The signs and symptoms of cancer of rectum are not clearly defined, and are sometimes hard to identify in adults. A thorough history is recommended in order to formulate a differential diagnosis. Screening is only recommended in those with chronic constipation, blood in stool or haemorrhoids. A positive fecal occult blood test is a reliable sign for colorectal carcinoma. The stage of the tumour is crucial in determining the type of surgery, and staging should be done in patients with constipation and faecal occult blood. In those with signs but no symptoms of cancer of rectum, endovaginal ultrasound scanning can be performed.
In the most extreme cases, surgery or radiation have been the treatments of choice. There are also several alternative and complementary treatments, such as herbal and palliative medicines, acupuncture, cryotherapy, hyperbaric oxygen therapy, transcutaneous electrical nerve stimulation, and meditation.
Colorectal cancer is caused by a variety of factors. Tobacco smoking, a diet high in fat and animal protein, and aflatoxin exposure appear to be linked to a small proportion of cases. Inadequate and chronic bleeding after bowel inspection may be more important. No single factor appears solely to cause most cases.
Around 20,600 people are diagnosed with CRM in the United States in 2006. The proportion of CRM diagnosed among patients in the United States is higher in men than in women. Median mortality from CRM is 3 months, irrespective of the stage or the tumor site of origin.
Cancer of rectum (as well as [colon cancer](https://www.withpower.com/clinical-trials/colon-cancer)) is not cured by surgery, radiation therapy or chemotherapy - or even cure. It is imperative that patients are informed and understand the fact that, as the only cure for [colorectal cancer](https://www.withpower.com/clinical-trials/colorectal-cancer) is a complete resection, there is no cure for rectal cancer. Treatments used or in development for rectal cancer currently focus on relieving life-threatening symptoms rather than a cure by itself. Clinically advanced rectal cancer typically progresses to liver metastases or distant spread to the lungs and/or brain within 2 years without any treatments. Follow-up care will be essential for these patients, and should be coordinated into their treatment plans to help manage and minimize complications.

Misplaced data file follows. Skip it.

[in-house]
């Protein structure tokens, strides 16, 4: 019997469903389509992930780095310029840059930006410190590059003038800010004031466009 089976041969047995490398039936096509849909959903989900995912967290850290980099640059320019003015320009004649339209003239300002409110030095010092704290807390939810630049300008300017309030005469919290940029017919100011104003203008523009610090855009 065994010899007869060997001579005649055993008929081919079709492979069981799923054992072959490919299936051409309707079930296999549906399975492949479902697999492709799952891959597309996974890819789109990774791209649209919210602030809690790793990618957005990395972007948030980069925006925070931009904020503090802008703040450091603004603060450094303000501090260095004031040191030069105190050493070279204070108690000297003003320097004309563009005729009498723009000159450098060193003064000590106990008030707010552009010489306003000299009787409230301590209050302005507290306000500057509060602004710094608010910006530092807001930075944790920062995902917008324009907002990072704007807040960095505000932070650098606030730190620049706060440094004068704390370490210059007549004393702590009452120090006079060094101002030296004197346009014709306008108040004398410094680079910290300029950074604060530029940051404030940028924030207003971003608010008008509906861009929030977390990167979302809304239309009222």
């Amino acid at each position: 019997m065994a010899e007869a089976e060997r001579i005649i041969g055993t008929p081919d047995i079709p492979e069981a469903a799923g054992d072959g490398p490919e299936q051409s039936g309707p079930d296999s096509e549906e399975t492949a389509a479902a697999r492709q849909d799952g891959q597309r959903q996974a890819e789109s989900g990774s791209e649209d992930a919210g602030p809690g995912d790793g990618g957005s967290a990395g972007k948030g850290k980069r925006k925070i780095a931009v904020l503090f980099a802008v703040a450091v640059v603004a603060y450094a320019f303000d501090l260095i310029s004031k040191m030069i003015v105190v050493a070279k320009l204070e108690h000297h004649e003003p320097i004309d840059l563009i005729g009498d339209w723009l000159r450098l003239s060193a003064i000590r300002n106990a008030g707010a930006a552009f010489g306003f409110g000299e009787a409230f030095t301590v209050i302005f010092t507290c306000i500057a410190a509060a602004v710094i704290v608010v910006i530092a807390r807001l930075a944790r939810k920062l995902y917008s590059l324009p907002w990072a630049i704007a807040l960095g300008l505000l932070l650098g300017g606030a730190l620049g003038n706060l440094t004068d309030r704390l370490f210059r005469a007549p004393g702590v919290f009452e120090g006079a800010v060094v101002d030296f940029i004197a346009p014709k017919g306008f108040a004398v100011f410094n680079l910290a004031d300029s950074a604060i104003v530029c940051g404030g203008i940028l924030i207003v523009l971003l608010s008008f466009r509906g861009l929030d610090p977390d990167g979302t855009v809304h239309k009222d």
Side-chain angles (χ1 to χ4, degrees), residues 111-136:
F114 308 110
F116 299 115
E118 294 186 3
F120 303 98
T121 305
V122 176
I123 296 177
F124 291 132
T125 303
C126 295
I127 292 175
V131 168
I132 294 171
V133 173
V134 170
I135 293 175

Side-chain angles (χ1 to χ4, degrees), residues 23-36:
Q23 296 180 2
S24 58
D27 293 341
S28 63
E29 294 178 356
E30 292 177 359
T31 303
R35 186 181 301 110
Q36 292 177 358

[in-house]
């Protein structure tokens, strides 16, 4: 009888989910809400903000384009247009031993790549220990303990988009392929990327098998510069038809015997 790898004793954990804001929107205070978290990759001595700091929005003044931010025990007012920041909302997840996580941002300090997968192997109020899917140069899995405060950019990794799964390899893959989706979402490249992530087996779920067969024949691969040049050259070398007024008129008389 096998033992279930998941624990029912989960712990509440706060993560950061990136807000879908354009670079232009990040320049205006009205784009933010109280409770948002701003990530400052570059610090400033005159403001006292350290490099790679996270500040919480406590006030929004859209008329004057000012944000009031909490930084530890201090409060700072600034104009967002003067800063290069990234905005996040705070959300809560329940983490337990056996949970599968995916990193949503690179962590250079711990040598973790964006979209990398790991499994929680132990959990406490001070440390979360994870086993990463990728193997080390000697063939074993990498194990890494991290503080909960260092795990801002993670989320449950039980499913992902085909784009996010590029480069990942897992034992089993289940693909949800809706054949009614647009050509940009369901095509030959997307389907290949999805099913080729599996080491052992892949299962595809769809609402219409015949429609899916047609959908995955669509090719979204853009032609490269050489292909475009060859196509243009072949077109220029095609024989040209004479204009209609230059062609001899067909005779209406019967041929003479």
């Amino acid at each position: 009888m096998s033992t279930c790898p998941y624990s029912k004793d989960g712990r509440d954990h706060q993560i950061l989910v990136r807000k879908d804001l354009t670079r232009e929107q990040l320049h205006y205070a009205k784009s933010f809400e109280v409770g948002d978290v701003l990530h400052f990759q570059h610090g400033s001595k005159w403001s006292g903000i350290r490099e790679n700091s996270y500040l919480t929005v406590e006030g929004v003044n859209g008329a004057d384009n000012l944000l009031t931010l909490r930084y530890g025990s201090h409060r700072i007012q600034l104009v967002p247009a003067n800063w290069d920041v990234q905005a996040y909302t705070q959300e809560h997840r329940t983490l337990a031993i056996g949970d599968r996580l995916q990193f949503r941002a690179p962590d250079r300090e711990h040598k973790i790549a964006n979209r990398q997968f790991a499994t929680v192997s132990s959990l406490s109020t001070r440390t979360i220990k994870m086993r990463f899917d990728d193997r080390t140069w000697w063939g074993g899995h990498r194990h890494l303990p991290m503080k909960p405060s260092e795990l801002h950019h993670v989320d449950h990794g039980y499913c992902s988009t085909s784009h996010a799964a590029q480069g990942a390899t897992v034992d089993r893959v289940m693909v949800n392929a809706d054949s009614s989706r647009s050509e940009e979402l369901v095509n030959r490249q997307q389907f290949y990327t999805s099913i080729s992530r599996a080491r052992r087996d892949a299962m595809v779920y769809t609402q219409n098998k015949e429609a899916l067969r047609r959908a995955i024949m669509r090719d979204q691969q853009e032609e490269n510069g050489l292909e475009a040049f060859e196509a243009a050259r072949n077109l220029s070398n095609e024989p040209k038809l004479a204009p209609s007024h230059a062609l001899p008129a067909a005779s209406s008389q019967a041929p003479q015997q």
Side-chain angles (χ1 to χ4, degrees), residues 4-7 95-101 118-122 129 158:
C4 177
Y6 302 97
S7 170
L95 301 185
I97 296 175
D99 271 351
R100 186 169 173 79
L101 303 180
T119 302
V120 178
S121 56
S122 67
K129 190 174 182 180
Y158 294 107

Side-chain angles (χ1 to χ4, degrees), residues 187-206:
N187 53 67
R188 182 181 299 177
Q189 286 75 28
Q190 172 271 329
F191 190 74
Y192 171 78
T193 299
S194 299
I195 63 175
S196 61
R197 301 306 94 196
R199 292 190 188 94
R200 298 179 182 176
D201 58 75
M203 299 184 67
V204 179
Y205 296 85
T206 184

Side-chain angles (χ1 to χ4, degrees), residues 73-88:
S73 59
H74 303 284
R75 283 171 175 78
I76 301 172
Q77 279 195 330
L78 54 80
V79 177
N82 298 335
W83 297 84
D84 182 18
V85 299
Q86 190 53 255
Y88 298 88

While a small proportion of cases are diagnosed with malignant lesions within rectal wall, most of these are in fact either squamous cell carcinoma of the colon or adenocarcinoma of the rectum. In contrast to [colon cancer](https://www.withpower.com/clinical-trials/colon-cancer), rectal cancer tends to present with occult cancer cell spread, as compared to colon cancer, where cancer cells are detectable on cytology. The development of MRI and MR colonographic has enabled the detection of occult cancers cells of rectal wall and the detection and staging of rectal cancers. The outcome of locally advanced rectal cancers is not different from colon cancers. Local surgical resection with low anterior resection is effective treatment in some patients. Adjuvant chemoradiotherapy is also an option.
cvid has an insignificant therapeutic effect for advanced rectal cancer as measured by TRS. The superiority of cvid is not supported by a clinically significant difference in primary outcome measures, and TRS has a good positive and negative predictive value, which limits the application of personalized treatments at this stage.
Results from the present study do not support the concept that there are familial predispositions to [colorectal cancer](https://www.withpower.com/clinical-trials/colorectal-cancer), including cancer as rectum, in the Croatian population.
Clinical trials of rectal cancer are very scarce and many patients do not know about them. Although they are being designed for certain patient populations, there are other characteristics that make them interesting for all rectal cancer patients. To address this, physicians or nurse specialists should be vigilant to the trial's goals to make them aware of clinical trials, and then give them the opportunity to receive appropriate information.
For the most part, cvid was a well tolerated treatment for the management of symptomatic metastatic rectal cancer. The use of cvid in combination with other treatments was limited by the lack of available randomized clinical trials. There is a need for more prospective trials including standard treatment schedules in order to more fully address the role of cvid in the management of rectal cancer.
Based on our preliminary study, we feel that the rectal wall has a limited role in the spread of advanced rectal cancers and may serve as a local site for anastomotic recurrence.
There have been many studies investigating different methods for curative treatment of rectovaginal cancer. However, there is limited data regarding adjuvant (or conservative) treatment of this sub type of cancer (Rectal wall and infiltration). Therefore, the present article shows possible treatment pathways based on the results of recent studies.